Footnotes (58)



Law as Intermediary

Robert A. Heverly

Albany Law School


Michigan State Law Review, 2006

When we think of intermediaries, we are often drawn to images of publishers, broadcasters and librarians, among others. These are the people who determine what we see, what we hear, what we read, and at some level, who shape what we know and who we are. Some help us find goods, while others provide us with goods. While not necessarily self-evident, this article makes the primarily descriptive claim that law is also an intermediary, a real intermediary, and an important one at that. Law has a number of effects on content, which this article categorizes as follows: the stopping effect; the forcing effect; the anti-silencing effect; and, the silencing effect. After making the argument that law is an intermediary, the article looks at the way this role has changed and is likely to change in an age of technological challenges to intermediaries.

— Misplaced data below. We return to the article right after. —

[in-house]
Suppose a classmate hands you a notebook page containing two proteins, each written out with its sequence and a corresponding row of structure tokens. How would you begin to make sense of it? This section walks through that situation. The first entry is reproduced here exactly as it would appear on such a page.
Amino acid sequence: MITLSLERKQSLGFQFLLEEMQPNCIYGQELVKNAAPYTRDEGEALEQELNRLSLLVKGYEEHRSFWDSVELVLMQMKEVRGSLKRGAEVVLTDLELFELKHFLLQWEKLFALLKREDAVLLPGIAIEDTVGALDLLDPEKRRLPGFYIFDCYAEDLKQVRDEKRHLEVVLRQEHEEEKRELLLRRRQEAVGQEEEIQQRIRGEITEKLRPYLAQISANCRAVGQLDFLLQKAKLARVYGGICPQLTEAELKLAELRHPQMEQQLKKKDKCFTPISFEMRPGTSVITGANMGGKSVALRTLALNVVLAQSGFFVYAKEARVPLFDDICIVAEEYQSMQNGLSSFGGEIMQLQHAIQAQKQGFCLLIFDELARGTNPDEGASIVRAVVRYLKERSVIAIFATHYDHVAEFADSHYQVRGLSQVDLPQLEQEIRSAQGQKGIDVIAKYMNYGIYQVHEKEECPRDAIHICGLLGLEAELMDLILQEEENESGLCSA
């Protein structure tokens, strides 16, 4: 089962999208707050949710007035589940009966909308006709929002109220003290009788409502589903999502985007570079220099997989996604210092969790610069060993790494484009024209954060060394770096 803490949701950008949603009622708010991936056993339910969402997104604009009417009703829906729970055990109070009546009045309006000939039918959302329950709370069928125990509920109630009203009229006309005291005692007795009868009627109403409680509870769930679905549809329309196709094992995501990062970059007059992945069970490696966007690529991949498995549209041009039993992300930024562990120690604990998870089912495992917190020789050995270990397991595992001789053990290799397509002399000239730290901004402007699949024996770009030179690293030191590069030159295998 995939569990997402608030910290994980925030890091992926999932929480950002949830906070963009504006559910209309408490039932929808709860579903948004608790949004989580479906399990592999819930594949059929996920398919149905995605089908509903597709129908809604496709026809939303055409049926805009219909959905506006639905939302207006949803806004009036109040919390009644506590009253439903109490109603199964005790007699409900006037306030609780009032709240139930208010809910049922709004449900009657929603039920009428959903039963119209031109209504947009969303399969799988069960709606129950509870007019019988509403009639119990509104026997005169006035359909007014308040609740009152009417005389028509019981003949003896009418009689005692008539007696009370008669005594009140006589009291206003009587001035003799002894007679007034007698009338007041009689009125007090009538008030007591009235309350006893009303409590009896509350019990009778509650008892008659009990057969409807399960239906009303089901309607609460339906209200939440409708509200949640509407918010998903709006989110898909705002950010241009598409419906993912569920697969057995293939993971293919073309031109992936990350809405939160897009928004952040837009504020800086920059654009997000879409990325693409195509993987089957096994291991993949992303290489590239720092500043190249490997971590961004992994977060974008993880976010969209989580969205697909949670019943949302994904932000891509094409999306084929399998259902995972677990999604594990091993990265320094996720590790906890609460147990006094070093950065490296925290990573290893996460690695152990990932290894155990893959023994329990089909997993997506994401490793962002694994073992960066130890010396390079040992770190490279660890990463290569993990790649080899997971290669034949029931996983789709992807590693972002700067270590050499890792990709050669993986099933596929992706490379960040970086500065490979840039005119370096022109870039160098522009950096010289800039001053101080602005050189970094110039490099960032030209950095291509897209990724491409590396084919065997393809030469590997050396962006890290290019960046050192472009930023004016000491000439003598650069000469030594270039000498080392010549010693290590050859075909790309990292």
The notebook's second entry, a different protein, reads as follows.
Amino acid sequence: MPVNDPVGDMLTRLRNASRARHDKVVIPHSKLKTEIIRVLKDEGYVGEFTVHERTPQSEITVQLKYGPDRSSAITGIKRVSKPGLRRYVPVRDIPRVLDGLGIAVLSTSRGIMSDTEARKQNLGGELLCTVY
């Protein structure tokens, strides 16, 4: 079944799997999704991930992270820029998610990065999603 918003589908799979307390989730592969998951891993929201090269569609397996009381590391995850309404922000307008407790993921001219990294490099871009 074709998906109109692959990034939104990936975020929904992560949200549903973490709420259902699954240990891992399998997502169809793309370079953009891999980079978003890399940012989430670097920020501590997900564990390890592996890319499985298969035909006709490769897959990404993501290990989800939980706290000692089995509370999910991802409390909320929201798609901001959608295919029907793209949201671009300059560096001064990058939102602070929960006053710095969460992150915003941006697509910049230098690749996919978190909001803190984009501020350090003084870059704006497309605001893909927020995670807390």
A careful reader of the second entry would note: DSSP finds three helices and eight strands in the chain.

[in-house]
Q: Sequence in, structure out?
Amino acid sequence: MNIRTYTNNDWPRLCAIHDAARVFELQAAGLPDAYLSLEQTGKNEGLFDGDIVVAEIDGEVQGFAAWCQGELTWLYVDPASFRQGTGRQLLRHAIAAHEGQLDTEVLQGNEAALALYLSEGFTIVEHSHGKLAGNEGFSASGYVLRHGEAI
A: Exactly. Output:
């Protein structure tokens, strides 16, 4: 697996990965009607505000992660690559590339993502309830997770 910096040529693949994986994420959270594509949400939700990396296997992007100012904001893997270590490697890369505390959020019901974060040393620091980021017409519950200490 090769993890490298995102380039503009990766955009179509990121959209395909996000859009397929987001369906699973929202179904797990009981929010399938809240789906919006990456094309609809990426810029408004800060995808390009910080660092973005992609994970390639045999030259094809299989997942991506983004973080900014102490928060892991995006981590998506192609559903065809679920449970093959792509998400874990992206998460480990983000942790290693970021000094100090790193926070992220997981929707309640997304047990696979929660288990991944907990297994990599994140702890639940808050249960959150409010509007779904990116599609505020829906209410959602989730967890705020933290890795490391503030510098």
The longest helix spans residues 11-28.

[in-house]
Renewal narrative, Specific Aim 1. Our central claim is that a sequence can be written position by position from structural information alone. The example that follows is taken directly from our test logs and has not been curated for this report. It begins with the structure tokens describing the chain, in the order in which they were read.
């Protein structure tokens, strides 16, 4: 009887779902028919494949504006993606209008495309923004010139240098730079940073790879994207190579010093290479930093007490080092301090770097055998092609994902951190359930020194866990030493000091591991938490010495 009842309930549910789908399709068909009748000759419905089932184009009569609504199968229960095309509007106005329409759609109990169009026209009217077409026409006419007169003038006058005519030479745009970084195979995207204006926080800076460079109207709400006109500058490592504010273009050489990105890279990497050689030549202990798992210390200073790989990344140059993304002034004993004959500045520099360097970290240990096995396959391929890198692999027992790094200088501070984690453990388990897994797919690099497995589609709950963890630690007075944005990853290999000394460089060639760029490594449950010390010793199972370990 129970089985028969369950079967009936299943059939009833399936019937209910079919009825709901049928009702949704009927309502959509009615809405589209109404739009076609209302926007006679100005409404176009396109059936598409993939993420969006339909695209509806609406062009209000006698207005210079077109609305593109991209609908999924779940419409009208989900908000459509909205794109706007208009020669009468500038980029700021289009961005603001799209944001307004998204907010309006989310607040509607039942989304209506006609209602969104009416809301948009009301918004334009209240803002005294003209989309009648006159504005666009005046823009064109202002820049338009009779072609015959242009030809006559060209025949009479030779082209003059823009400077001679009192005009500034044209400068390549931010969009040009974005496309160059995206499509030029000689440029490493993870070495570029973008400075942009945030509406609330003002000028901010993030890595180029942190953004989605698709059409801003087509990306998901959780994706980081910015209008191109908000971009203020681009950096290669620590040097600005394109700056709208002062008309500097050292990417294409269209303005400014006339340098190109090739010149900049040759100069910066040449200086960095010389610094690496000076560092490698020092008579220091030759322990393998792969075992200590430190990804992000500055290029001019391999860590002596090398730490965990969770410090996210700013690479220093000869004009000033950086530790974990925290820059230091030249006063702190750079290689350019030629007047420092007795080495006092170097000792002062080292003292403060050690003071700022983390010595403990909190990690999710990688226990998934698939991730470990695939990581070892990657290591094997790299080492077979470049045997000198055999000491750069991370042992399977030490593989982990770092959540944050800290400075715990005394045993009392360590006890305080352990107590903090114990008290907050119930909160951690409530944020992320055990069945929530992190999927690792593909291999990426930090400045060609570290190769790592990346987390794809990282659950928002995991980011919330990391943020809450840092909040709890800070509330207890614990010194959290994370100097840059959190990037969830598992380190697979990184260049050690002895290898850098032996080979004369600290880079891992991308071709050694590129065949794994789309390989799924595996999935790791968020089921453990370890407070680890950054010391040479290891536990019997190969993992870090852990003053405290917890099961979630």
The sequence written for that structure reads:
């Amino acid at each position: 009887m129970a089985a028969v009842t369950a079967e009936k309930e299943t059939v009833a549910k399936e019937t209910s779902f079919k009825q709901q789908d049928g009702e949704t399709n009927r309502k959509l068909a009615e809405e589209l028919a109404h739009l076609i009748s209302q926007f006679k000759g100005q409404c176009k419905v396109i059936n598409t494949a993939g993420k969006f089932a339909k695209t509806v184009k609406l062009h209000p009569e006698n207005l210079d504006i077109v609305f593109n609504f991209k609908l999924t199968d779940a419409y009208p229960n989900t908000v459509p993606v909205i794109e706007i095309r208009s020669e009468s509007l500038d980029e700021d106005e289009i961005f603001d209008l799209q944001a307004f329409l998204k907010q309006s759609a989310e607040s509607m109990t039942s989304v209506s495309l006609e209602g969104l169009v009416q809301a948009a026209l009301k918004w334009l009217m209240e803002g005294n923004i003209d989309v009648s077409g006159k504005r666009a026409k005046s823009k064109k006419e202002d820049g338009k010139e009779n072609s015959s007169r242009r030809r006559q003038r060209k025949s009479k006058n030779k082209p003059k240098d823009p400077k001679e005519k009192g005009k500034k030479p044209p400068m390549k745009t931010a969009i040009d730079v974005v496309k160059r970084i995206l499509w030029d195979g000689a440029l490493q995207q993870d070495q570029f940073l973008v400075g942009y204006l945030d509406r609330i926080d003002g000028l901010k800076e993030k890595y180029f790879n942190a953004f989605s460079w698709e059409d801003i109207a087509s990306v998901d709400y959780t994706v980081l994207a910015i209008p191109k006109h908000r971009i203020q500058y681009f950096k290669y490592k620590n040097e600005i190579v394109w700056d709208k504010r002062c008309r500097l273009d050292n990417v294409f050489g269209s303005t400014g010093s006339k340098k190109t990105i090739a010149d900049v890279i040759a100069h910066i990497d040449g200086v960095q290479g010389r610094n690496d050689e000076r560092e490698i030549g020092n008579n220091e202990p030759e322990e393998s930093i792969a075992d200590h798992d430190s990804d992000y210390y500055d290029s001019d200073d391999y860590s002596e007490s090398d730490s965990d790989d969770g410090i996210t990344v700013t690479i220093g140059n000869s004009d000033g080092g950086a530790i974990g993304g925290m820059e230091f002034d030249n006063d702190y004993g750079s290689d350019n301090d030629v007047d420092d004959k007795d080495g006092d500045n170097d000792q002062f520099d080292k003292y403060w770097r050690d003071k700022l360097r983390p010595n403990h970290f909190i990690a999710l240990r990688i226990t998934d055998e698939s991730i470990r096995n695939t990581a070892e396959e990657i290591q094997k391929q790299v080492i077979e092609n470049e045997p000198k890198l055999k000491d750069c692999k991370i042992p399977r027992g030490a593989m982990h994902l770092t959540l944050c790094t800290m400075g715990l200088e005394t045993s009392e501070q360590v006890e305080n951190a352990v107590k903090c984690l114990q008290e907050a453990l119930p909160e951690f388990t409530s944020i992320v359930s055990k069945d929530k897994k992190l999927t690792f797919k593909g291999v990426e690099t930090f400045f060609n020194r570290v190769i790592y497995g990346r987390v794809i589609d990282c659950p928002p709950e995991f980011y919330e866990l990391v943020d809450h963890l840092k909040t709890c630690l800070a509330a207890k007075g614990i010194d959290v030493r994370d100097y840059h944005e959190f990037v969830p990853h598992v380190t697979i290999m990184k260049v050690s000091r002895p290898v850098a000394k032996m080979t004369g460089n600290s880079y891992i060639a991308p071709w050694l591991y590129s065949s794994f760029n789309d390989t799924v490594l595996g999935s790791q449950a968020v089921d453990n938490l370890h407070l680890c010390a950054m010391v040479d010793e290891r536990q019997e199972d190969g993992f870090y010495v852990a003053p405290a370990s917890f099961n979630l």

Number of Pages in PDF File: 26

Keywords: intermediaries, law, technology, media, communications

JEL Classification: K00, K30, O33

Open PDF in Browser Download This Paper

Date posted: December 6, 2005 ; Last revised: October 6, 2009

Suggested Citation

Heverly, Robert A., Law as Intermediary (2006). Michigan State Law Review, 2006. Available at SSRN: https://ssrn.com/abstract=864844

Contact Information

Robert Heverly (Contact Author)
Albany Law School ( email )
80 New Scotland Avenue
Albany, NY 12208
United States
518 445-2379 (Phone)

Feedback to SSRN

Paper statistics
Abstract Views: 1,042
Downloads: 81
Download Rank: 232,053
Footnotes:  58